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Restoring function in the complex patient


Complex musculoskeletal problems may occur for a variety of reasons typically, either from a congenital problem or from a traumatic injury. Finding the right therapist to work with your orthopedist is the key to a successful outcome. Whether your problem has required surgery with internal or external fixation, nerve damage or repair, ligament damage or repair, or other complexities, Mizuta & Associates is able to design a personalized rehabilitation program to assist you in an optimal recovery. One on one hour treatments with the same therapist will make you feel comfortable and assist you in your rehabilitation.

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Sports Injury
Leg Injury


One of the most common knee injuries is a meniscal tear (cartilage tear). Often times, this happens with twisting and or compressive forces on the knee joint. The meniscus acts as the cushioning between the femur (long leg bone) and the tibia (the short leg bone). Each supporting bone (femur and tibia) in the knee is covered with cartilage called chondral cartilage. During an injury to the knee, one or both types of cartilage may be damaged. When the damage is so significant that it cannot be repaired, a chondral cartilage replacement or a meniscus replacement may be performed. These are extensive surgeries that are performed by orthopedic surgeons that specialize in cartilage injuries. The damage chondral cartilage or damaged meniscus will be removed and replaced with cadaver cartilage. The new cartilage is secured inside the knee and the rehabilitation process is started shortly thereafter.

The rehabilitation of these types of surgeries depends on the extent of the surgery as well as the surgeon. Generally the patient will be non-weight bearing (on crutches) for a period of time or limited weight on the leg. Also, a long leg brace will typically immobilize the knee in a straight position and the surgeon will instruct on the amount of knee flexion (bending) that is appropriate at any given phase of the rehabilitation process. The rehabilitation focuses on regaining, the motion of the knee, strength, and overall return to daily life and or sport. Depending on the surgeon and procedure, return to certain sports may not be possible after a chondral replacement or a meniscal allograft as the patient does not want to damage this new cartilage.


Complex fractures are a common injuries that are sustained in an accident such as a fall, car accident, motorcycle accident, and many others. Some of the most common fractures seen are humeral (long arm bone), femoral (long leg bone), tibia/femoral (ankle bones), or vertebral. A complex fracture typically is repaired surgically by a trauma surgeon. There are multiple techniques to repair complex fractures including rod placement in bones, plates, screws, wires, and at times an external fixator. An external fixator is a rod on the outside of the body that is fixated to non-injured bone in order to stabilize the fracture site.

Complex fracture patients typically have multiple issues that must be addressed in physical therapy. These can range from nerve injuries/damage, ligament and cartilage problems, soft tissue immobility, joint restrictions and decreased range of motion, as well as decreased strength and function. Depending on the injury, the repair, and the patient deficits, the course of physical therapy will vary. In all cases, maximizing the function of the patient is the main goal.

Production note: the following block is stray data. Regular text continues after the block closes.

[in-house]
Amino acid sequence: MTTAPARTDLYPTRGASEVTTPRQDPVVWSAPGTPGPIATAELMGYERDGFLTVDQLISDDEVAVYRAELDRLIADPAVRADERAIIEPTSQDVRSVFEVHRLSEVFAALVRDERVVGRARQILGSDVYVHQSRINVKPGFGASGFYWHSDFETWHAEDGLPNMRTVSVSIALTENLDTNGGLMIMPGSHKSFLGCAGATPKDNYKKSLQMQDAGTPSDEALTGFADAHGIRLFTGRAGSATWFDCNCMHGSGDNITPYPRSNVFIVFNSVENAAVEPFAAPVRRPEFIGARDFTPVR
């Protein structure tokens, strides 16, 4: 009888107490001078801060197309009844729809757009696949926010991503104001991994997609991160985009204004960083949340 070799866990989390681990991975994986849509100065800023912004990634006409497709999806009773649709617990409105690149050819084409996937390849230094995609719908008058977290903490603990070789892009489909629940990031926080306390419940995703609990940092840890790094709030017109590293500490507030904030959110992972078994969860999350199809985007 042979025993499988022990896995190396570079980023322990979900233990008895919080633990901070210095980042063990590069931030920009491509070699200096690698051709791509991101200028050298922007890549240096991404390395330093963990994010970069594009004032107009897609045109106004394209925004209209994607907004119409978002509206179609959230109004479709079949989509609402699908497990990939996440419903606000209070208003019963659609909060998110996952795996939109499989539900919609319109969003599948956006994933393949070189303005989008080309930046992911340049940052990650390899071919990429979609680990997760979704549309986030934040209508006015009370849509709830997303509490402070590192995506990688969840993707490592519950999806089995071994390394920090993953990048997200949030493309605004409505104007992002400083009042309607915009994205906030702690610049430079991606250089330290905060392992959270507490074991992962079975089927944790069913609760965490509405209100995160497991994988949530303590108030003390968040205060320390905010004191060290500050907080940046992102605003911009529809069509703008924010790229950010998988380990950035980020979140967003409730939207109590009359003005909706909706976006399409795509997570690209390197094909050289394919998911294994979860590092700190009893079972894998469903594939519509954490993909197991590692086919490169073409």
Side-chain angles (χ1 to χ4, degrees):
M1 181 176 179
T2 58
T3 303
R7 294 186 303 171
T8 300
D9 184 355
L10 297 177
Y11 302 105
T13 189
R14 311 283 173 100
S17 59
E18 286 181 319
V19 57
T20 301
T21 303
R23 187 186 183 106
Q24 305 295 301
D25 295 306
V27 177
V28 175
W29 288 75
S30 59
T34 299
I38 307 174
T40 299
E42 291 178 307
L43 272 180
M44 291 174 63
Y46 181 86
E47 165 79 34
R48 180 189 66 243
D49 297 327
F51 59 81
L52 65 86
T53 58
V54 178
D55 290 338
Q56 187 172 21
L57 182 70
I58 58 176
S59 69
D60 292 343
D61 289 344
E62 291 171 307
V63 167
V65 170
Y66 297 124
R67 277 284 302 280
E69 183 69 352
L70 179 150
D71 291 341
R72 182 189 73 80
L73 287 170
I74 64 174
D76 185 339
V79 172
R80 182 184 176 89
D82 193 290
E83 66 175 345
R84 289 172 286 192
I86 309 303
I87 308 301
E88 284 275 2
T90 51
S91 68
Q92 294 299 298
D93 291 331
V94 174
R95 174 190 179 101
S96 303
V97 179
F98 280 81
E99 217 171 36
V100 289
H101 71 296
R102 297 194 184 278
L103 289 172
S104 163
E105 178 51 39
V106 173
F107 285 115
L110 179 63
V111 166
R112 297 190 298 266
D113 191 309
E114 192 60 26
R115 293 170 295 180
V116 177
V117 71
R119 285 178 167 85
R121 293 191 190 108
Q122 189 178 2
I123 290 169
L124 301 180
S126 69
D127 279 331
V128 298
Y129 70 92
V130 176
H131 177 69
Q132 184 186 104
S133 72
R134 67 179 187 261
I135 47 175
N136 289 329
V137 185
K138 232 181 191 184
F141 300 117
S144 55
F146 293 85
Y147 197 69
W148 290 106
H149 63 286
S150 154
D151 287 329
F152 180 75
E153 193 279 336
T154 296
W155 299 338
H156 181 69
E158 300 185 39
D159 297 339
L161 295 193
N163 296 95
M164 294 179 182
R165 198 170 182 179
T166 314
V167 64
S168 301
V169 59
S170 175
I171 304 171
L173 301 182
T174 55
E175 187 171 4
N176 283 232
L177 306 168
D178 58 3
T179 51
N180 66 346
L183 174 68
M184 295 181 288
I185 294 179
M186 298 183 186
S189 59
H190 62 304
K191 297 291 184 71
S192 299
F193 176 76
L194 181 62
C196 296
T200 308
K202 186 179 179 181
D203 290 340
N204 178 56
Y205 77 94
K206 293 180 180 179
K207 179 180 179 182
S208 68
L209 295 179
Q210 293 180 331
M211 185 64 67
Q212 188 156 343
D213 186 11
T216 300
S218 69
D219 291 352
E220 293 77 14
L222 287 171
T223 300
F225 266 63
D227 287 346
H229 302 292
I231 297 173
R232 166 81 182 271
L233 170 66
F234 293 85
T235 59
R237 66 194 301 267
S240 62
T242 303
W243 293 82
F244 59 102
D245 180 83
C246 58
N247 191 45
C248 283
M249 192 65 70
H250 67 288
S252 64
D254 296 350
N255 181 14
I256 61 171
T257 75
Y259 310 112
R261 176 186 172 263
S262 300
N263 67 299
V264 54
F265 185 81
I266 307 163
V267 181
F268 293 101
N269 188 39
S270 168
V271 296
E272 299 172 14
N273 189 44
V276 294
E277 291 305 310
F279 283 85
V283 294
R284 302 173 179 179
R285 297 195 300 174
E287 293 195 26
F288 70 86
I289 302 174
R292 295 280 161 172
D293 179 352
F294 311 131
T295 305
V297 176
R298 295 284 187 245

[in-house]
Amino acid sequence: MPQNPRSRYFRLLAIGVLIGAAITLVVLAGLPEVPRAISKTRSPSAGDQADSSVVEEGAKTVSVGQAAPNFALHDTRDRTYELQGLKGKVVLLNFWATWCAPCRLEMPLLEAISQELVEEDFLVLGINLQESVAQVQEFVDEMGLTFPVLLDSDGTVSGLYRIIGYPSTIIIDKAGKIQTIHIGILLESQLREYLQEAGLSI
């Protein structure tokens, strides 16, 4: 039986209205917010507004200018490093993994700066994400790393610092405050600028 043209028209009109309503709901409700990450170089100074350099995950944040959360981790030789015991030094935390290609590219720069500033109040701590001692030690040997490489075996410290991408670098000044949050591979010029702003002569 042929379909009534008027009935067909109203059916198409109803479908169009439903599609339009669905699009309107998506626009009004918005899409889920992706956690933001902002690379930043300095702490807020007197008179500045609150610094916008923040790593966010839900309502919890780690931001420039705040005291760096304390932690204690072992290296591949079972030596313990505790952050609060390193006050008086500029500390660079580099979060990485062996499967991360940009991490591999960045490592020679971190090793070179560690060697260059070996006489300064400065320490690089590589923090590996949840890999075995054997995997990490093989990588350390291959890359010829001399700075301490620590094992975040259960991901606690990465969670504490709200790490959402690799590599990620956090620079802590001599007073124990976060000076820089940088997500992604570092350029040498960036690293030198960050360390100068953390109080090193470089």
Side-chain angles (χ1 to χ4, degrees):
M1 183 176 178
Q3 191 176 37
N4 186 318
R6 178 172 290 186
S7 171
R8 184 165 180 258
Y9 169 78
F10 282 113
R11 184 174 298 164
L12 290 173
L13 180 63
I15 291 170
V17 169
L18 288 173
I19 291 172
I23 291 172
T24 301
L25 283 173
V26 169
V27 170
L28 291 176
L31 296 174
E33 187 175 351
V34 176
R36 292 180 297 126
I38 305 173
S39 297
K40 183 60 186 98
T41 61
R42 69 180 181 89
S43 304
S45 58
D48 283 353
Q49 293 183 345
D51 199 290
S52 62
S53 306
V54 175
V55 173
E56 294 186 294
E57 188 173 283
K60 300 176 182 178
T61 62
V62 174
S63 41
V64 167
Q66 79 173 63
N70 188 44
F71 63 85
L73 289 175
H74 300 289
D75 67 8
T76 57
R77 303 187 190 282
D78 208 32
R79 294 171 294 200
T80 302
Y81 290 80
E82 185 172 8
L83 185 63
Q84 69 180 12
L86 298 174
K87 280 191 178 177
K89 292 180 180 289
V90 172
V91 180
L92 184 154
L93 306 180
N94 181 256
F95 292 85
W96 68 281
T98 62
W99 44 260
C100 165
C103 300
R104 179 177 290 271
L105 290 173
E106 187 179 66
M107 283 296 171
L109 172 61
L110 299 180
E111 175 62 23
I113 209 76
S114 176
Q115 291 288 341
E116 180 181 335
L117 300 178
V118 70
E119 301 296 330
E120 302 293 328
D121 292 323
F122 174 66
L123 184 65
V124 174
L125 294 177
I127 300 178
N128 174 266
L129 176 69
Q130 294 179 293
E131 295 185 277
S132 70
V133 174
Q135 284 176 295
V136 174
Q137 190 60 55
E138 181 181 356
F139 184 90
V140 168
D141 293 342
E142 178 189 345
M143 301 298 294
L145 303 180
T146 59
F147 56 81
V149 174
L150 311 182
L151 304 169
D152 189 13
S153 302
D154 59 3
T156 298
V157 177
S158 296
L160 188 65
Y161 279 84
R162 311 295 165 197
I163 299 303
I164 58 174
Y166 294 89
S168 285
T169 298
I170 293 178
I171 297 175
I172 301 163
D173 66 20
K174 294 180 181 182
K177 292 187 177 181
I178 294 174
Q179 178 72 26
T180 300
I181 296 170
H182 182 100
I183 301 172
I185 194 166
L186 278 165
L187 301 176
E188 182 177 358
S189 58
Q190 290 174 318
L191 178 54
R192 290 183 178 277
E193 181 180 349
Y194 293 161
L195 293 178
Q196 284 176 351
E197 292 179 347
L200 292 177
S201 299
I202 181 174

An osteotomy is a surgical procedure where a bone is cut to shorten, lengthen, or change it alignment. Some of the reasons an osteotomy would be performed are to correct a structural deformity in a bone that has occurred over time (like a bunion), straighten a bone that was fractured and did not heal correctly, or realign a bone that developed abnormally from birth. Misaligned bones can cause undue stress on joints, creating a great deal of pain in some cases. For example, if the femur or the tibia are misaligned or curved, they can put a lot of stress on the hip and/or knee joint, warranting a tibial osteotomy or femoral osteotomy.

During an osteotomy the bone is cut and then reshaped or partially removed to realign it. The bone is then held together in its new position with plates and screws/pins. Because this procedure is fairly serious and invasive, the recovery period could be quite lengthy. If the surgery was performed on a weight bearing bone, there will most likely be a period of non-weight bearing. It is very important to follow the surgeon’s instructions after the procedure because the bone requires a period of time to heal in its new position, and a traumatic blow or torque to the bone could jeopardize the healing process.

Anytime a person is instructed to rest a body part for a period of time following a surgical procedure, that person will inevitably lose some joint motion and muscle strength. This is why physical therapy plays such an important role in the recovery process after an operation like an osteotomy. A physical therapist is trained to design specific programs to loosen stiff joints and strengthen weak muscles. This allows patients to return to all of their premorbid activities, including activities they were avoiding due to pain caused by the misaligned bones.

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